Obsessive compulsive disorder

THE word “obsessed” is passed around lightly by the general public; however, few appreciate the gravity of obsessive compulsive disorder. Even though we might label people as obsessed, it is important to realise that many of us have obsessive traits, but it only becomes a disorder if there is associated social and occupational dysfunction.

Obsessive compulsive disorder (OCD) is characterised by obsessions which are recurrent intrusive thoughts and compulsions that are repetitive behaviours carried out to compensate for and to relieve the anxiety associated with the obsessions.

The obsessions and compulsions cause marked distress and are time-consuming, lasting at least greater than one hour per day. In addition to the anxiety and fear that typically accompanies OCD, sufferers may spend hours performing such compulsions every day. In such situations, it can be hard for the person to fulfil their work, family, or social roles.

In some cases, these behaviours can also cause adverse physical symptoms. For example, people who obsessively wash their hands with antibacterial soap and hot water can make their skin red and raw with dermatitis.


Common obsessions include the following:

• Contamination;

• Safety;

• Doubting one’s memory or perception;

• Need for order or symmetry;

• Unwanted, intrusive sexual/aggressive thoughts

Common compulsions include the following:

• Cleaning or washing;

• Checking things (for example locks, stove, iron, safety of children);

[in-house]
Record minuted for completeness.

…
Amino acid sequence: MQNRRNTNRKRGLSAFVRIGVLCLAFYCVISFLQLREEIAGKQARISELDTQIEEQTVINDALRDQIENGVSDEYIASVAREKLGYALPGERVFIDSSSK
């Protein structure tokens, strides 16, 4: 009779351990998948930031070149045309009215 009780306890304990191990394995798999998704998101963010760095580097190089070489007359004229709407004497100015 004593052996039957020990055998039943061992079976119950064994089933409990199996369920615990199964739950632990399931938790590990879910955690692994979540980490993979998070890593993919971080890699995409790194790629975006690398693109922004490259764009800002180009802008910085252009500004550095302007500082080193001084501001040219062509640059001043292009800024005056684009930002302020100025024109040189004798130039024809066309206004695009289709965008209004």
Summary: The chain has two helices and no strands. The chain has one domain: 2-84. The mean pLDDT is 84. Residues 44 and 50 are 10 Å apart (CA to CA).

• Counting or repeating actions a certain number of times or until it “feels right”;

• Arranging objects;

• Touching or tapping objects;

• Hoarding;

• Confessing or seeking reassurance;

• List making.


OCD has a strong genetic influence increasingly found in family members of the affected. Imbalance in brain chemicals and infections with certain bacteria known as streptococcus have also been implicated.

Patients with OCD may suffer from associated psychiatric disorders such as anxiety and major depression. Suicide ideations and attempts are also major concerns that deserve attention. OCD symptoms can interact negatively with interpersonal relationships, and families can become involved with the illness in a counterproductive way.

OCD can be diagnosed through a formal evaluation by a psychiatrist who will take a comprehensive history and do a physical exam. Part of the evaluation will include baseline blood investigations and neuroimaging in the form of a computerised tomography (CT) scan or magnetic resonance imaging (MRI) of the brain with the intention of trying to rule out any medical causes of the symptoms.


The mainstays of treatment of OCD are as follows:

• Serotonergic antidepressant medications;

• Particular forms of behaviour therapy (exposure and response prevention and some forms of cognitive behavioural therapy [CBT]);

• Education and family interventions;

• Neurosurgery (anterior capsulotomy, or deep brain stimulation in extremely refractory cases.

Exposure and response prevention is the core of behaviour therapy, which is employed to great effectiveness in the treatment of this disorder. The patient rank orders OCD situations he or she perceives as threatening, and then the patient is systematically exposed to symptom triggers of gradually increasing intensity, while the individual is to suppress his or her usual ritualised response. This is generally challenging and often quite distressing for the patient, but when effectively done, it promotes unlearning of the strong link that has existed between having an urge and giving into the urge.

Relaxation techniques in the form of deep breathing and progressive muscle relaxation have also shown to be beneficial in many patients.


OCD is a chronic disorder with frequent relapses and remissions, and can be quite frustrating for both the patient and family. However, a significant number experience good response to treatment. A certain percentage of patients may have disabling, treatment-resistant symptoms. A small subgroup of these patients may be candidates for neurosurgical intervention.

Dr Ashish Sarangi MBBS is a resident in psychiatry at the University Hospital of the West Indies. He may be contacted via email at aks_sarangi@hotmail.com